Wednesday, April 11, 2007

By Wim Alberts

There is, prima facie, only one King of Rock-‘n-Roll: Elvis Presley. More than twenty five years after his death, large numbers of his records are still being sold, and his distinctive voice lives on. No doubt his personal reputation is of great value in an intellectual property context, in particular insofar as musical recordings are concerned. Artists can of course also establish rights in relation to a stage name (Bob Dylan) or the name of a fictitional character such as Snoop Doggy Dogg (see also Mostert "The Right to the Advertising Image" 1982 SALJ 413). Examples of fictitious characters in a South African context are Valiant Swart and Johannes Kerkorrel. Secondly, and less personal, is the in-between situation where artists retain their names, but perform with a band to which their names are linked. Examples are Cliff Richard and the Shadows, Bob Marley and the Wailers, and Bruce Springsteen and the E-Street Band. It may well be though that the particular band is merely an extension of the artist, and that he in fact controls the artistic direction of the combination. The third situation is where a number of artists perform as a group. In certain instances, such as the Vienna Boys Choir, the Boston Pops, or the Mormon Tabernacle Choir, there is no doubt that an individual’s participation is only of a transitory nature. Individual members can however exert a very strong influence on a smaller group’s identity. Examples here are Mick Jagger (The Rolling Stones), Freddie Mercury (Queen), and Jim Morrison (The Doors). Yet in the last two examples, the groups continued to perform after the death of their front men. There is thus seemingly a certain goodwill attached to a band’s name that subsists even if the colourful personality involved is no longer performing with "his" band. An artist may not necessarily lay claim to rights in a band’s name, but what happens if he does? This issue is now considered, having regard to a number of decisions in the United States and the United Kingdom.

The role of control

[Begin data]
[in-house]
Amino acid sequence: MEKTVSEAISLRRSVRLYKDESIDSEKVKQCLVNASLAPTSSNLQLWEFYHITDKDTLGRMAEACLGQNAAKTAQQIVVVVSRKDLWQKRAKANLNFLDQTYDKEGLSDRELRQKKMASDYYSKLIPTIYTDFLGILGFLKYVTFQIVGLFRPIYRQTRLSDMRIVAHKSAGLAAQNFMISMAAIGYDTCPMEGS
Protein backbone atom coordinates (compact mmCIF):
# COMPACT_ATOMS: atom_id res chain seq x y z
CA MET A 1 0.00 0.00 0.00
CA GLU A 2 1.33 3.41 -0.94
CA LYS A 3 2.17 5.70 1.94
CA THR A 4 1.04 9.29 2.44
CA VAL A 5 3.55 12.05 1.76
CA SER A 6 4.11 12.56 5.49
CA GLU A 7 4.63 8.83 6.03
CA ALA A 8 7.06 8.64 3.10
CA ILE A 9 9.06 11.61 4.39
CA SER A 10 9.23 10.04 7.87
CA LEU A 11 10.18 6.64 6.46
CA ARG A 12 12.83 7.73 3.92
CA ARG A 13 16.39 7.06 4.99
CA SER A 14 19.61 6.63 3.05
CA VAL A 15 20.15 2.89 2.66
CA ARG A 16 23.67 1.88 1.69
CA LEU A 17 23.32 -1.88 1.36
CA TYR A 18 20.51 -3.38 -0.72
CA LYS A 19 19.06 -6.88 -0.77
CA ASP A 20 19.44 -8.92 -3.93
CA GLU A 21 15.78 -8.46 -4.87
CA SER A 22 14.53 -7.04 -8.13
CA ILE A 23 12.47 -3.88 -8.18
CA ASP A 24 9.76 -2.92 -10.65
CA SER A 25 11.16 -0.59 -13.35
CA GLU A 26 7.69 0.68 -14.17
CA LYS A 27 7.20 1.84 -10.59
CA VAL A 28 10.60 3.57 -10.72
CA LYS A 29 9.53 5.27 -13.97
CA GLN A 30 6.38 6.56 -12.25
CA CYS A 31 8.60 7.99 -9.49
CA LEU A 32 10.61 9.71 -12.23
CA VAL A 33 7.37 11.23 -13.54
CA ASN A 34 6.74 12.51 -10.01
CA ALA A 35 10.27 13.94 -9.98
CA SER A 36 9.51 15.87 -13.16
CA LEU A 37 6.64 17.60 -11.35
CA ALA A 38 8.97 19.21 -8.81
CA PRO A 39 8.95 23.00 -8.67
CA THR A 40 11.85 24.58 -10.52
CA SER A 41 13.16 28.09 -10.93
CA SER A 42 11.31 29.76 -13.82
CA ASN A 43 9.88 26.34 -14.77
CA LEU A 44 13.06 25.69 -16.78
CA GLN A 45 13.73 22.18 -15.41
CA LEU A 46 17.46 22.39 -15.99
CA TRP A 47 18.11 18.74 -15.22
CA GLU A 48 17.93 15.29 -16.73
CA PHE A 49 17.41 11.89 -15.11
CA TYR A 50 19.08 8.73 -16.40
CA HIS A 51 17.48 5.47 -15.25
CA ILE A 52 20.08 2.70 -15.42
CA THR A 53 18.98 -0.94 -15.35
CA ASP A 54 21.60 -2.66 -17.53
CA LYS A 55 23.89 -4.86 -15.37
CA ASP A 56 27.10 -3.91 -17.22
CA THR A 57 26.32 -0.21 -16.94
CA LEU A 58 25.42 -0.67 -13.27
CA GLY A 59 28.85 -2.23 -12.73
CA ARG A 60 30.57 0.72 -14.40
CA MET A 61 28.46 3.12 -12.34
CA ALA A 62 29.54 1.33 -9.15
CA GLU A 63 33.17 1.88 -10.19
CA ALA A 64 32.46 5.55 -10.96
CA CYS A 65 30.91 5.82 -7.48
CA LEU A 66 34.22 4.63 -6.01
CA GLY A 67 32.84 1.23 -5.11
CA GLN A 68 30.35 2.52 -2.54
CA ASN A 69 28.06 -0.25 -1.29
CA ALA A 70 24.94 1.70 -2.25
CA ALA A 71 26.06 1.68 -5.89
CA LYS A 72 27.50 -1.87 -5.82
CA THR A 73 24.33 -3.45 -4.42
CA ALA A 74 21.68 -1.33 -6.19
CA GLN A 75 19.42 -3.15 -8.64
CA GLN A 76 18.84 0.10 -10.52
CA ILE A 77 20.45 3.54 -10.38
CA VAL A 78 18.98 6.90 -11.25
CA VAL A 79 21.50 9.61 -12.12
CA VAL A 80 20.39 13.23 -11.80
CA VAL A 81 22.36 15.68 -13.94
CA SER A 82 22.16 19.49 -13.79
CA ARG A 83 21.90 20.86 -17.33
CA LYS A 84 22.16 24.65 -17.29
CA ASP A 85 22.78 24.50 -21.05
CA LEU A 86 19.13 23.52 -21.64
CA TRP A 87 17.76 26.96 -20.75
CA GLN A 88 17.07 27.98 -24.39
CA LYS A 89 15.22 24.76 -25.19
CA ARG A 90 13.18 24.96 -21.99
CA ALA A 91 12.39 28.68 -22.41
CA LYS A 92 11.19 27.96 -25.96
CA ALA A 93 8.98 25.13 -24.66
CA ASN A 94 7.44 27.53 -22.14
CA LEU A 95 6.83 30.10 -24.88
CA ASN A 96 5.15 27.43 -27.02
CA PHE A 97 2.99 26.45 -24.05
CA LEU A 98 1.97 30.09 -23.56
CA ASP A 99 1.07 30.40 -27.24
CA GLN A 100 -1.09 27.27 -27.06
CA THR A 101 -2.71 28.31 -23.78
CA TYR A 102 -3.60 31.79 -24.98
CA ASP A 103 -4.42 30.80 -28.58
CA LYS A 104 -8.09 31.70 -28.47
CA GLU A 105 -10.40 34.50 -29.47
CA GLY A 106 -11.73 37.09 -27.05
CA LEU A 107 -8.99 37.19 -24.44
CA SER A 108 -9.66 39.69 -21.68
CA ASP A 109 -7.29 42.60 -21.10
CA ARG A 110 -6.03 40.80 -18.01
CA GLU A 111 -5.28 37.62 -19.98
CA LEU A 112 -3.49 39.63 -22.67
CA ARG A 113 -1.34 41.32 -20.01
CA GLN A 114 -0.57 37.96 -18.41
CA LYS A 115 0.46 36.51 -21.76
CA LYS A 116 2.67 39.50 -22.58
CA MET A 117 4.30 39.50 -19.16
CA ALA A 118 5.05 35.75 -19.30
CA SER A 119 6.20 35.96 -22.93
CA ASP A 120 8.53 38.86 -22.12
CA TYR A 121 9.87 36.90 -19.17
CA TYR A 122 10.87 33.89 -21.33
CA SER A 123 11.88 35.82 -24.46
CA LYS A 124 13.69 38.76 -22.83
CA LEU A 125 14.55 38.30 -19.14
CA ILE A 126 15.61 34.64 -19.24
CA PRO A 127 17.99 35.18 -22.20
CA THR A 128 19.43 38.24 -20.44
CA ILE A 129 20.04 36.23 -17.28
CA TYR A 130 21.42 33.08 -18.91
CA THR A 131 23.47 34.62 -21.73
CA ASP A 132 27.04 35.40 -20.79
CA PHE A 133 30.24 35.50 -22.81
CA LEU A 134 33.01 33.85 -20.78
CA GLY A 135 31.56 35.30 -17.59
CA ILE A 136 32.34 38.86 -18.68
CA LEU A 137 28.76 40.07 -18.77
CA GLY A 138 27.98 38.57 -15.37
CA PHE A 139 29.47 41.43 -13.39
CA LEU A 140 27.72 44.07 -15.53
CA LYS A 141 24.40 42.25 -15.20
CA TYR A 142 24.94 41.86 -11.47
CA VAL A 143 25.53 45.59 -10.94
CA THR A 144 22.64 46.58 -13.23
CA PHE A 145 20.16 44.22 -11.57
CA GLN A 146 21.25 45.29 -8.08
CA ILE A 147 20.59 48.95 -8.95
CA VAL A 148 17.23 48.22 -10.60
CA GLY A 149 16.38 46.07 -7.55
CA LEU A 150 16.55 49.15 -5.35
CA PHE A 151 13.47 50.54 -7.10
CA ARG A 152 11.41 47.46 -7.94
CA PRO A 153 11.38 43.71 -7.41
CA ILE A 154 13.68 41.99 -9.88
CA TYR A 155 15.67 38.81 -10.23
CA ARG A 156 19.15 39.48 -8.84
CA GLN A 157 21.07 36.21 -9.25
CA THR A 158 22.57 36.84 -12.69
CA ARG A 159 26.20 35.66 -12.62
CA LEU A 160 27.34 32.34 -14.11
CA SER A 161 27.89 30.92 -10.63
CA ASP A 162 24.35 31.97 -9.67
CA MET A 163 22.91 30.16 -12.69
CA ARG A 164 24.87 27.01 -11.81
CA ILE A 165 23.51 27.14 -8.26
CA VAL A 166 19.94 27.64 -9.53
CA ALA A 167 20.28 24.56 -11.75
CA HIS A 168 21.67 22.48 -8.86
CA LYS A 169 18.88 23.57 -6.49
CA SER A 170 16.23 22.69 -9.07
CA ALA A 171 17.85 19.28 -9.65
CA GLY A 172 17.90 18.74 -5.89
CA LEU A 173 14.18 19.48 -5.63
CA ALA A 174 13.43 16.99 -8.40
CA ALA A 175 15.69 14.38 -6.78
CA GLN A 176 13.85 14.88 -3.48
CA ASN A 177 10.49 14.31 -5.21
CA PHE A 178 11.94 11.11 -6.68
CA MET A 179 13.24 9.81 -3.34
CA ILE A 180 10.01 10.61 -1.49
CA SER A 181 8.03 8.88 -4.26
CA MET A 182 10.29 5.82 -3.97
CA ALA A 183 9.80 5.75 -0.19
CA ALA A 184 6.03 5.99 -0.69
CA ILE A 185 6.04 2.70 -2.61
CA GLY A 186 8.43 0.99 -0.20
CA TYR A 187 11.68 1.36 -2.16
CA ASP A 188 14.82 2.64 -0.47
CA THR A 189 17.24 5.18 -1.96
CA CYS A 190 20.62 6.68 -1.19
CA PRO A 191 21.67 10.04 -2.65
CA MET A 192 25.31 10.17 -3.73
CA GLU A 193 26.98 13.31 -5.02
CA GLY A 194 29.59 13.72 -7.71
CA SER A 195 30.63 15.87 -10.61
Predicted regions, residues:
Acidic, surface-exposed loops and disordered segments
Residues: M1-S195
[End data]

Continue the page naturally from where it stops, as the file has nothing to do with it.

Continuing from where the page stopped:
In determining ownership, the courts have often looked towards the person that was controlling relevant aspects of the group’s performances (McCarthy Trademarks and Unfair Competition (2002) 16-76). In Rick v Buchansky 609 F. Supp 1522 (SDNY 1985) the plaintiff was the manager of Vito and the Salutations, and the five defendants were former members of the group, which he discovered. He also conceived of the name. Over the years the group had twenty-two different members. The manager remained closely involved in decisions relating to the band. It was decided that the manager was the only person to have controlled the quality of the group’s performances on a continuous basis, was not a mere functionary, and consequently, was the owner of the trade mark. The fact that the mark distinguished the performance, not the performers, appeared to be of relevance in Marshak v Green 505 F. Supp 1054 (SDNY 1981). The three original members of The Drifters assigned their trade mark rights to their manager after they jointly filed a trade mark application. Thereafter one of the members left and formed another group under the same name. The court held that he was estopped from challenging the validity of the mark, and the assignment was held to be valid. The manager thus retained the right to the mark. In Cesare v Work 520 NE 2d 586 (Summit County 1987) Cesare, the manager-musical director of Revolver, developed a routine based on the performance of songs of the Beatles. Three members of the band broke away, and copied central aspects of the performance style of Revolver. This included the ensemble of the instruments, the stage setting, choreography of the audience participation, and, in particular, the band member patter. All of the latter was considered to be the trade dress of the group. It was held (595) that the performance of Revolver was not personal to the performers, but identified a style and rendition of Beatles’s music, continuously controlled by Cesare, as different performers left and were replaced. Cesare was consequently entitled to protection against unfair trade practices relating to the copying of his trade dress.